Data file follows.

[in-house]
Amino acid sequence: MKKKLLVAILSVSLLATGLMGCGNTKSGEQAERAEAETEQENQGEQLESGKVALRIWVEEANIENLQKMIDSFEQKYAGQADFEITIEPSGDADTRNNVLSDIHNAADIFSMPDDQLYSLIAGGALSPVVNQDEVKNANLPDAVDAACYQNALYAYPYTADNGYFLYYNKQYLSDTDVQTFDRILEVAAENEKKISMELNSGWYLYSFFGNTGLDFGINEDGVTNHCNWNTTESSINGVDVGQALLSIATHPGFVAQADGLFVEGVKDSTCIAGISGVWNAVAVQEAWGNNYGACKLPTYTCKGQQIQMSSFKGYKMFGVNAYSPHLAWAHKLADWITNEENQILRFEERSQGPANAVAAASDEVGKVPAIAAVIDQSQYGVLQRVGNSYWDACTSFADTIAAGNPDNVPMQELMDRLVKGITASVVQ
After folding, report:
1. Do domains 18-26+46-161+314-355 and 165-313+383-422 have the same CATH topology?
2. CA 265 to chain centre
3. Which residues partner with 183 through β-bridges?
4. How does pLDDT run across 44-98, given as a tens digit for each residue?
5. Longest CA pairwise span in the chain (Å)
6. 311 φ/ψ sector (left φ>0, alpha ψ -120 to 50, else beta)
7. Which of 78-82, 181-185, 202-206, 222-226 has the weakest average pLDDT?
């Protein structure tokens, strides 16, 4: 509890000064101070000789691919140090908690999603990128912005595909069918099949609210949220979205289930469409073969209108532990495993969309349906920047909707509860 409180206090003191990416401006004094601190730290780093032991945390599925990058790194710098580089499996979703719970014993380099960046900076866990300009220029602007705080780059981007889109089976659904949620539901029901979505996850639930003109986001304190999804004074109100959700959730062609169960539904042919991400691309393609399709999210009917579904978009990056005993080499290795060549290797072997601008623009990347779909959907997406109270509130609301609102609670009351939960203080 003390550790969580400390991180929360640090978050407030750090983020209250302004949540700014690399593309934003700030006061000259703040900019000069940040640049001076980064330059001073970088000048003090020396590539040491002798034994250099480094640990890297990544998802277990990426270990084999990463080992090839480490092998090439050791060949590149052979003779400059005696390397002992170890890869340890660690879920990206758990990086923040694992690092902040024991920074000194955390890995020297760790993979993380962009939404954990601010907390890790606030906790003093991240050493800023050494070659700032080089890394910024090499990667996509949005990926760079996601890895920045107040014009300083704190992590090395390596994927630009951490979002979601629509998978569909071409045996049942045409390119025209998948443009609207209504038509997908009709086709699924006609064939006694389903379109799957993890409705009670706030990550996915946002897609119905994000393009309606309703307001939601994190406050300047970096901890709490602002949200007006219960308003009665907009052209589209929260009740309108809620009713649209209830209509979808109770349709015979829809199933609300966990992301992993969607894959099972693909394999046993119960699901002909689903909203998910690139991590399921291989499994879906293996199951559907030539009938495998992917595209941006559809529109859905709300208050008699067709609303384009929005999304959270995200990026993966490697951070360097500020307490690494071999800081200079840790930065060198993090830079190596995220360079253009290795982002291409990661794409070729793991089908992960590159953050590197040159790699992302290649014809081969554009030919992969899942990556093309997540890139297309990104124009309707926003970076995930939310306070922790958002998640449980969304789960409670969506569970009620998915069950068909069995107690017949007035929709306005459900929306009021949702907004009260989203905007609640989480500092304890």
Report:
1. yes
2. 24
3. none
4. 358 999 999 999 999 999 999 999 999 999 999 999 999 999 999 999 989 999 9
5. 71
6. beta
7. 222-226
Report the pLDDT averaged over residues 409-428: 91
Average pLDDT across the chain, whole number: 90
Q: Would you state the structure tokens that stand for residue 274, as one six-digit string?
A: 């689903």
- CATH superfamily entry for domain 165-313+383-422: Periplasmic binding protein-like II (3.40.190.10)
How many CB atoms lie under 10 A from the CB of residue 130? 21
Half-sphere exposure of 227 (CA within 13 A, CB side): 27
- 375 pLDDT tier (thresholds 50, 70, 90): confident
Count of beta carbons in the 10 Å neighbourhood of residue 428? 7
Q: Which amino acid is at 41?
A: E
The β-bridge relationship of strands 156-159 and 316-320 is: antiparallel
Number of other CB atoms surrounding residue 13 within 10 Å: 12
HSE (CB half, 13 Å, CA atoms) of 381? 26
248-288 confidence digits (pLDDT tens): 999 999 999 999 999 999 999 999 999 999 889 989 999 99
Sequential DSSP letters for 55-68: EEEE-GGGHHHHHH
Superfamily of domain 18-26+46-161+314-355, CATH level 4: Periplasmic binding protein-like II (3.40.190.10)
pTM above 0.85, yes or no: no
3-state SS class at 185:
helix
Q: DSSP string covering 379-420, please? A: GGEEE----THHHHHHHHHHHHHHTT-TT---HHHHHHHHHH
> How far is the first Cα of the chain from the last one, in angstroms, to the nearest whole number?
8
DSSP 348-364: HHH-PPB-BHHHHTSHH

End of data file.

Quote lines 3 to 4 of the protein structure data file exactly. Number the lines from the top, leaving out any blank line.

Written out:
After folding, report:
1. Do domains 18-26+46-161+314-355 and 165-313+383-422 have the same CATH topology?